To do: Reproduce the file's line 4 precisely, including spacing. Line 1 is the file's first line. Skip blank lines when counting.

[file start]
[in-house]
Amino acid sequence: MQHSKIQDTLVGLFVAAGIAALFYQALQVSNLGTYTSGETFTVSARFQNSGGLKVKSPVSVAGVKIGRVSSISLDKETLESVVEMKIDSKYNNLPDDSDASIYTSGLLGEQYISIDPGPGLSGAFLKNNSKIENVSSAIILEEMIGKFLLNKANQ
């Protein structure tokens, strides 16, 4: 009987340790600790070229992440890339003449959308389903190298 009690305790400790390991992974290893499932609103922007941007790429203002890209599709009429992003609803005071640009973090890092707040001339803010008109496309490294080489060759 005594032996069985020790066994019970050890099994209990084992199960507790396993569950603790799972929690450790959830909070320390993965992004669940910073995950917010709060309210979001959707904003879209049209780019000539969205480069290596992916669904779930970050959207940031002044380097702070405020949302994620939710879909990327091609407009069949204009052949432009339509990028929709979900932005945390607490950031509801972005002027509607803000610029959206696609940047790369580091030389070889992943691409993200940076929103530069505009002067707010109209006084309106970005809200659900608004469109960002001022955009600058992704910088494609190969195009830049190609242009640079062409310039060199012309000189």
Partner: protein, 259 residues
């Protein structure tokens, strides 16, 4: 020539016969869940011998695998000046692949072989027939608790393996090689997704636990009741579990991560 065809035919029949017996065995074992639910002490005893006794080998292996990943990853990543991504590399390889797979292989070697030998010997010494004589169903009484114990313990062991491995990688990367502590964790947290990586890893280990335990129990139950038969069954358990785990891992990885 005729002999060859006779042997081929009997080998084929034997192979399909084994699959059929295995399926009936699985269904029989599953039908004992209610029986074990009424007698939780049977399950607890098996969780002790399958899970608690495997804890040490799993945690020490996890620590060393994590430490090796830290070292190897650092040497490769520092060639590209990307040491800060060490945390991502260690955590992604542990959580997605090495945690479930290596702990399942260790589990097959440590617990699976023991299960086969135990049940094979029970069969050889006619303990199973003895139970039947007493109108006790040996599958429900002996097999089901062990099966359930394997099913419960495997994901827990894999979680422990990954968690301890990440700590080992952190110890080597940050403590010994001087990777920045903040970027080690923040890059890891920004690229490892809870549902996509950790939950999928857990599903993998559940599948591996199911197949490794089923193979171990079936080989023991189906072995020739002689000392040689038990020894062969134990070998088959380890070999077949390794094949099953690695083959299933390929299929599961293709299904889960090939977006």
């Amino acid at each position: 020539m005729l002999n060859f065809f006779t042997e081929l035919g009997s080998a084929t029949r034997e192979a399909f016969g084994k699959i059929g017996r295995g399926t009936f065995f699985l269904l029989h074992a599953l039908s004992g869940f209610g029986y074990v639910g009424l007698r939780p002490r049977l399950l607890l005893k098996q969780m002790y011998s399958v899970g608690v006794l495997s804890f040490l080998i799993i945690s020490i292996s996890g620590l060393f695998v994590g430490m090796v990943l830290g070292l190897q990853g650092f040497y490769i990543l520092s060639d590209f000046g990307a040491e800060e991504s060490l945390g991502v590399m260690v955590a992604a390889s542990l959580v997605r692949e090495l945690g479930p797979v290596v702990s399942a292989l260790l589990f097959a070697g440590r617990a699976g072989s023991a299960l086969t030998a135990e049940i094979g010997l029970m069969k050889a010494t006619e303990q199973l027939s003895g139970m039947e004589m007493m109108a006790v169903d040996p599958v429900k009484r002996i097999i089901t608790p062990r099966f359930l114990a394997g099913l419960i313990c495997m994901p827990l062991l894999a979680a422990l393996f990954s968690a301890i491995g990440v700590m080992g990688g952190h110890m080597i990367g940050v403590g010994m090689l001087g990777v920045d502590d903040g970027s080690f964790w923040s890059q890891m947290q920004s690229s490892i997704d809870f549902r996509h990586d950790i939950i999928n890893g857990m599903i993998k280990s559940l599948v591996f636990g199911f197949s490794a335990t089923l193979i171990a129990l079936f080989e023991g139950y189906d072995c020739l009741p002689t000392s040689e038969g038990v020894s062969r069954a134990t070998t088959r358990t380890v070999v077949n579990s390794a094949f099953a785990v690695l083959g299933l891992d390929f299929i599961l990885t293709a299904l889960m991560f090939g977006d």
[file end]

Partner: protein, 259 residues